Thank you for the reply. The stucco has elastomeric paint, and we are generally happy with the paint. We are expecting to repaint, because we have found nothing (wire brushes, or cleaners) which will remove this soot. Repainting will not be a huge difficulty, and aside from covering up this ugly soot, doing the repainting also provides good coverage for micro-cracks in the stucco, improving the protection. BUT what bothers me is that we might continue to have soot problems, soot building up on the pipe and the cap, then washing down onto the stucco. I want to clean it up and prevent the soot at the source! Any suggestions welcome!
  • Sw E Sw E on Jun 22, 2012
    Thanks for the answers, but I'm still hoping for more ideas.
  • You are not going to stop the soot completely. You can control it better however using a better type of chimney cap on top. There are those that vent upwards. The ones you currently appear to have push the smoke out sideways. This contributes to the soot development both on the pipe and chimney itself. Doing the new metal chimney cap itself with another lip along the bottom will help prevent the soot from running down the chimney, but once it drips onto the roof below it will being to build up on the shingles and then run down them when it rains. Depending upon the color of your roof, this may also be objectionable to you. Your not going to get all of the soot off of the siding. The surface of the stucco is porous and will trap this stuff within it and all the wire brushing and scrubbing you do will not remove it. You of course in part of prep for the new paint will need to clean the walls of the chimney prior to painting, but do not waste your time trying to get the color of the wall to come back by simply cleaning. Not going to happen. I would seek out the advice of a pro chimney sweep as I suggested in my first answer. Not seeing the height of the chimney and knowing if there are other issues at play such as higher roofs, valleys and prevailing wind conditions it is impossible to answer this any further. Perhaps a distance shot of the chimney showing the ground up to the top of the roof with the chimney in the photo? That may also shed some light on what is going on and perhaps offer up some other ideas that I did not talk about once its seen.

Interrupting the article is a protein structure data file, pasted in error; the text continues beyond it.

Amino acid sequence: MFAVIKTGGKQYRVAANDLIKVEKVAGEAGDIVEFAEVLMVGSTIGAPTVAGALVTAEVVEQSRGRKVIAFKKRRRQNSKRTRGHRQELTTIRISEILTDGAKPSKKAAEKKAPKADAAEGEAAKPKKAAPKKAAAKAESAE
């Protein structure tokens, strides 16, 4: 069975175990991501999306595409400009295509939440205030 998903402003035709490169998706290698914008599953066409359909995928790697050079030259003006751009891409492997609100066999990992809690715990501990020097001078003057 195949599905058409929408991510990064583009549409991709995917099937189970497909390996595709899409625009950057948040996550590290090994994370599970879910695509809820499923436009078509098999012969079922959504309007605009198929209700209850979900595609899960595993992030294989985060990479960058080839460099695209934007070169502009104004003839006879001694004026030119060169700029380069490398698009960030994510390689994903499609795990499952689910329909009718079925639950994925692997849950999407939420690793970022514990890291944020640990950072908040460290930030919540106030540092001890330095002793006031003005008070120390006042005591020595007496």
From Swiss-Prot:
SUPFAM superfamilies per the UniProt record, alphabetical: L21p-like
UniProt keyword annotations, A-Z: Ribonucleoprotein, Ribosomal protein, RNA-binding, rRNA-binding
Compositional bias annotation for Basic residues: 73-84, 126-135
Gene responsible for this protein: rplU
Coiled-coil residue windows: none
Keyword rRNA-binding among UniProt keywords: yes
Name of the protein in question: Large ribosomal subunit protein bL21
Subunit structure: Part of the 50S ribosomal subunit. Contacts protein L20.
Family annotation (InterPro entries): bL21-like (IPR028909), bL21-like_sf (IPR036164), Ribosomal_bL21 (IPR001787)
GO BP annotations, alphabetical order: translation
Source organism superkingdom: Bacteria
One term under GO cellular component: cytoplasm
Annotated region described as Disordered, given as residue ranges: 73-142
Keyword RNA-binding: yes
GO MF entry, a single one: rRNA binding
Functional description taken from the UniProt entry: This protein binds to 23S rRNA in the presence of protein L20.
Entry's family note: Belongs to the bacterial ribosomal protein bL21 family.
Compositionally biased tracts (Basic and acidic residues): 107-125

• RockfordChimneySupply RockfordChimneySupply on Mar 19, 2013
    Have you looked into installing a new chase cover? If you install a stainless steel chase cover it will never rust.
  • Sw E Sw E on Mar 25, 2013
    Thanks Rockford, but we have three chimneys, and even though this one has the worst soot problem I think if we installed a cover on one we would go for the same treatment on all three. In addition, there is the visual look of stucco to consider. Because we have stucco, and long surfaces/walls, we would have to stop the cover at some point, and have a boundary between the new chase cover and the stucco wall. The cover shown in your pics doesn't give me much confidence that the cover will blend in well to a stucco wall/chimney base.
  • Se W is the chimney high enough? Normally the soot is removed from the chimney, however if the chimney is located to low below a roof line down drafts can push the soot down at a greater rate. Ideally the chimney should be at least 2 feet higher then anything within a 10 foot circle around it.